Please find the most current version of my job market paper here:
The Independent Woman – Locus of Control and Female Labor Force Participation
(last update November 2018)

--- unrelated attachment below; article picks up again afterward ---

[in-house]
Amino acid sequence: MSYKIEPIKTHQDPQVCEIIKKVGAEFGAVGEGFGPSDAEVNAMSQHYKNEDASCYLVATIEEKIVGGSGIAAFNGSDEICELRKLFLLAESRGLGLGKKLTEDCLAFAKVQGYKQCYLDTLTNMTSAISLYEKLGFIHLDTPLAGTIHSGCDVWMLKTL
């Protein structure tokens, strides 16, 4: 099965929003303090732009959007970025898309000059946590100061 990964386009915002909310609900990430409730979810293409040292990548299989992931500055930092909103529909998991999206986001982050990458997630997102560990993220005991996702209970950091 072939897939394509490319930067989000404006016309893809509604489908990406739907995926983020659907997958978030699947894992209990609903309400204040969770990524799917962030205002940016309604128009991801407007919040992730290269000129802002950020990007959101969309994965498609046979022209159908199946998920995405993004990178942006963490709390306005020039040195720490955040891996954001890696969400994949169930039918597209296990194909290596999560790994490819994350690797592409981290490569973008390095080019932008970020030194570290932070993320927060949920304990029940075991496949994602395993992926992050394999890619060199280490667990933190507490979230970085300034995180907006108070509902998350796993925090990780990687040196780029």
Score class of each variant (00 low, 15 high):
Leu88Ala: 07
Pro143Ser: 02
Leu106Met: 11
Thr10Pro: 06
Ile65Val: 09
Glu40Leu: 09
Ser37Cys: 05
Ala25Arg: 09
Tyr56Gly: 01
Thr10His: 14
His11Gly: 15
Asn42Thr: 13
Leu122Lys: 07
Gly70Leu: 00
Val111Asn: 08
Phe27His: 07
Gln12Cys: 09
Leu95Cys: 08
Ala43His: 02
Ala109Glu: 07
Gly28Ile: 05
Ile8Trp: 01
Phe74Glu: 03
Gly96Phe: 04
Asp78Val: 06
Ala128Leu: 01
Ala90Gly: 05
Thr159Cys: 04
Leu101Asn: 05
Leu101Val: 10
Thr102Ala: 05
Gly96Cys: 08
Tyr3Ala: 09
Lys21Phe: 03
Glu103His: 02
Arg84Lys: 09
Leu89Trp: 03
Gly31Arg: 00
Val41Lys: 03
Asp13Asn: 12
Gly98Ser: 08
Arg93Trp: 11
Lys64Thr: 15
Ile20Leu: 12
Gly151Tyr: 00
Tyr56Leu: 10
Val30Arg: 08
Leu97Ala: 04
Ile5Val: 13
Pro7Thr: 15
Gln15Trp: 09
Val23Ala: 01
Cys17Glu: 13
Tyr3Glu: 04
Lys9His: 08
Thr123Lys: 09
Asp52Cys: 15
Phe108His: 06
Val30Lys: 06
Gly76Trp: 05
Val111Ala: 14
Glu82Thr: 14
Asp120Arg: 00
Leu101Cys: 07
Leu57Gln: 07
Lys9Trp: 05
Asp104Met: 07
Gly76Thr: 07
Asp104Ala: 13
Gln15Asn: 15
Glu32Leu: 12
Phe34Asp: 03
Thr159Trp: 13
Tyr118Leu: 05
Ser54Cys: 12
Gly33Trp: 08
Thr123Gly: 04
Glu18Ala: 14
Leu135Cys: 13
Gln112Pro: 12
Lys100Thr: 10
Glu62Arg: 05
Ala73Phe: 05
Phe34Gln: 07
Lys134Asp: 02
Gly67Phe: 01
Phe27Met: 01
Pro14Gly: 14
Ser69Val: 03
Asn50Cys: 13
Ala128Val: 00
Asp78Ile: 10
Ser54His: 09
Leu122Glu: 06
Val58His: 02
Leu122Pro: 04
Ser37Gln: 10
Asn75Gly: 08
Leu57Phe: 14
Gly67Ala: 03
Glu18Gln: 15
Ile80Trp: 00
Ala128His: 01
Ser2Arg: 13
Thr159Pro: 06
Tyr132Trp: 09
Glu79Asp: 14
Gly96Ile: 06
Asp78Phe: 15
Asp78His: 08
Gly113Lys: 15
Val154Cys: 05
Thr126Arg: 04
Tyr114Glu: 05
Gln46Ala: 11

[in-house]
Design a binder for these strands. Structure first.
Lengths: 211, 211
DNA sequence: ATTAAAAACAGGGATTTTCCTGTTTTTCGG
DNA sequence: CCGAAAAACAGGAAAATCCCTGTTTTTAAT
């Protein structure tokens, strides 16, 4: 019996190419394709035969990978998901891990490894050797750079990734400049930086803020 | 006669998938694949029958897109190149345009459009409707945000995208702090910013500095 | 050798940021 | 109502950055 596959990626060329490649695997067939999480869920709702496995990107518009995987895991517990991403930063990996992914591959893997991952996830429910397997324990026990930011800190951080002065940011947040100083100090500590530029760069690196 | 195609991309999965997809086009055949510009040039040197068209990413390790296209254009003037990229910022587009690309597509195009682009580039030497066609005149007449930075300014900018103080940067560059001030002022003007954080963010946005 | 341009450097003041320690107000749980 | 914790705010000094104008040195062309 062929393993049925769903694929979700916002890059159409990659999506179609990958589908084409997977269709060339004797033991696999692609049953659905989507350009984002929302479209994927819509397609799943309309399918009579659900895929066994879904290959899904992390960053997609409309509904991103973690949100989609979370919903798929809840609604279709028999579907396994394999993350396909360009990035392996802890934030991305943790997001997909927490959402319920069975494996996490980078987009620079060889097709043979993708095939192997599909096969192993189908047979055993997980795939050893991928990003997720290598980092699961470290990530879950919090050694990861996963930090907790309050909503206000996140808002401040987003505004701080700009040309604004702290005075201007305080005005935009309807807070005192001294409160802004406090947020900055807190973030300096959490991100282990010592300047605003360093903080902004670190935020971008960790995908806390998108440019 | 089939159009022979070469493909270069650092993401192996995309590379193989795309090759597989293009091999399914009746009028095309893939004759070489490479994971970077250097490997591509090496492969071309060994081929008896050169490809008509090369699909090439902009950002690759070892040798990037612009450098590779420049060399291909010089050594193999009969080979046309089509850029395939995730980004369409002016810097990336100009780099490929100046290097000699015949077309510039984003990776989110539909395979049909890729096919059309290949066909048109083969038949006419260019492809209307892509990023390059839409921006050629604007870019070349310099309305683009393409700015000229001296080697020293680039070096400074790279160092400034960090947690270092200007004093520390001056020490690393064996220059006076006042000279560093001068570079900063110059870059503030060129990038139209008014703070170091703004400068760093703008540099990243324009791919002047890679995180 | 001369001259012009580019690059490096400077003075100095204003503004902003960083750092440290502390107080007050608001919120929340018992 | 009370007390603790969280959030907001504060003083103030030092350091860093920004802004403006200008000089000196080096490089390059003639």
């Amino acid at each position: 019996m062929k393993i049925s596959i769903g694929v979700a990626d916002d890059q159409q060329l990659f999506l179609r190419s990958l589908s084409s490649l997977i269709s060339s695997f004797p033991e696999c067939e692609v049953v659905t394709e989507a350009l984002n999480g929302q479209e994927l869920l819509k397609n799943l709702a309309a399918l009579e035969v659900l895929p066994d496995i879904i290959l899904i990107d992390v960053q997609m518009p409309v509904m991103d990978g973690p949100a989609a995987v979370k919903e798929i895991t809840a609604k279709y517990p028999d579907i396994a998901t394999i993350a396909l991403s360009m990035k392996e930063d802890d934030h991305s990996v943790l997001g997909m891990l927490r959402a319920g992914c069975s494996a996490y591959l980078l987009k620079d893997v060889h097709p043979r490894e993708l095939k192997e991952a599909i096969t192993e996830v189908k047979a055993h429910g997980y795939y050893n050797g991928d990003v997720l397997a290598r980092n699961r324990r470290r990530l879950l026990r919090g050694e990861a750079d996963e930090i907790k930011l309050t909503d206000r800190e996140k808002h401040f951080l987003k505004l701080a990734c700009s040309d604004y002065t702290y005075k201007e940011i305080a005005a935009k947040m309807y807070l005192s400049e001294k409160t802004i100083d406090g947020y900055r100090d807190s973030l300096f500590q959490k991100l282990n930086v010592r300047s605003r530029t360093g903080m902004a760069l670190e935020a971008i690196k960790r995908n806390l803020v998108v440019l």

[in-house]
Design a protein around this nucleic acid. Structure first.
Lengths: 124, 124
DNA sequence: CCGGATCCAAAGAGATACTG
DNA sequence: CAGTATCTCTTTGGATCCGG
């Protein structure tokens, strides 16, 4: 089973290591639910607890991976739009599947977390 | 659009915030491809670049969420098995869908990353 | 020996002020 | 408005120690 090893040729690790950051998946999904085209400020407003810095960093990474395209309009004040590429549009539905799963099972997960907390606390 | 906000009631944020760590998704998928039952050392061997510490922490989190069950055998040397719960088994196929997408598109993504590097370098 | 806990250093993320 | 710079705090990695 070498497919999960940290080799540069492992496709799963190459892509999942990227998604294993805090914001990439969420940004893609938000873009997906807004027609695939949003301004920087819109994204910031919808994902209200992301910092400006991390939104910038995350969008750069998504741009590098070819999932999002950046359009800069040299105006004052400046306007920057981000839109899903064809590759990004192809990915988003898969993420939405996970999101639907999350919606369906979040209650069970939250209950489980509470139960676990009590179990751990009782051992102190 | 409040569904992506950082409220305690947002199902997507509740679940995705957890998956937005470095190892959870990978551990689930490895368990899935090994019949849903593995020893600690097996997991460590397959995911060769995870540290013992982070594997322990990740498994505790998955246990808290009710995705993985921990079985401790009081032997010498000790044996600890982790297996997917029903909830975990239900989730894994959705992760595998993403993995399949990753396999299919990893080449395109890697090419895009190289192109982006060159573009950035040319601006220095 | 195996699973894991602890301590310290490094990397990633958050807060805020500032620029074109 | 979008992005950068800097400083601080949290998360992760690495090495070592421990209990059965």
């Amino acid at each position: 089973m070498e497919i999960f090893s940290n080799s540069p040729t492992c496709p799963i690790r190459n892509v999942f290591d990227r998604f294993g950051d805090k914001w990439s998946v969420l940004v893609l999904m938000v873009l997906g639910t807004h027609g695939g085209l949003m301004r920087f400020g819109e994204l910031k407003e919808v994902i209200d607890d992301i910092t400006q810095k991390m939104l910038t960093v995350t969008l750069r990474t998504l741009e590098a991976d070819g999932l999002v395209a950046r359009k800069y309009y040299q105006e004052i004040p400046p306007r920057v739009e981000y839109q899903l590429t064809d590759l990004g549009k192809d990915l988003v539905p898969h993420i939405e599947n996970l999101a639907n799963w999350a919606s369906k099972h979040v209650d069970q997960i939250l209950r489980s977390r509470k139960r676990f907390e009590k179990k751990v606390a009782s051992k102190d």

Abstract While the majority of economic studies on female labor force participation rely on monetary incentives to explain the labor supply decision of women, the research on non-monetary and psychological factors is still relatively scarce. Based on earlier findings from labor economics, this paper focuses on the role of locus of control (LOC) in the explanation of a woman’s participation decisions. LOC is a personality trait that measures an individual’s belief about the causal relationship between one’s own behavior and its consequences for life and is hence a crucial determinant of subjective expectations about monetary and non-monetary rewards for one’s own efforts. In this paper, LOC is thus theoretically assumed to affect participation probabilities via differences in the relative importance and expected size of monetary and non-monetary incentives for market production. The implications of the theoretical idea are tested using German survey data from the SOEP in a reduced form approach, finding a strong indication of a significantly positive effect of an internal LOC on a woman’s probability of being available for market production. LOC adds explanatory power in addition to commonly known traditional socio-economic determinants of participation. Additionally, the relationship is found to be strongly heterogeneous with respect to determinants of underlying monetary and non-monetary incentives such as family status, existence and age of children as well as cohort and region of living. These findings strongly support the hypothesis that internal women put a higher weight on social purpose and economic identity as non-monetary incentives to work and thus gain higher marginal utility from participation above and beyond monetary incentives.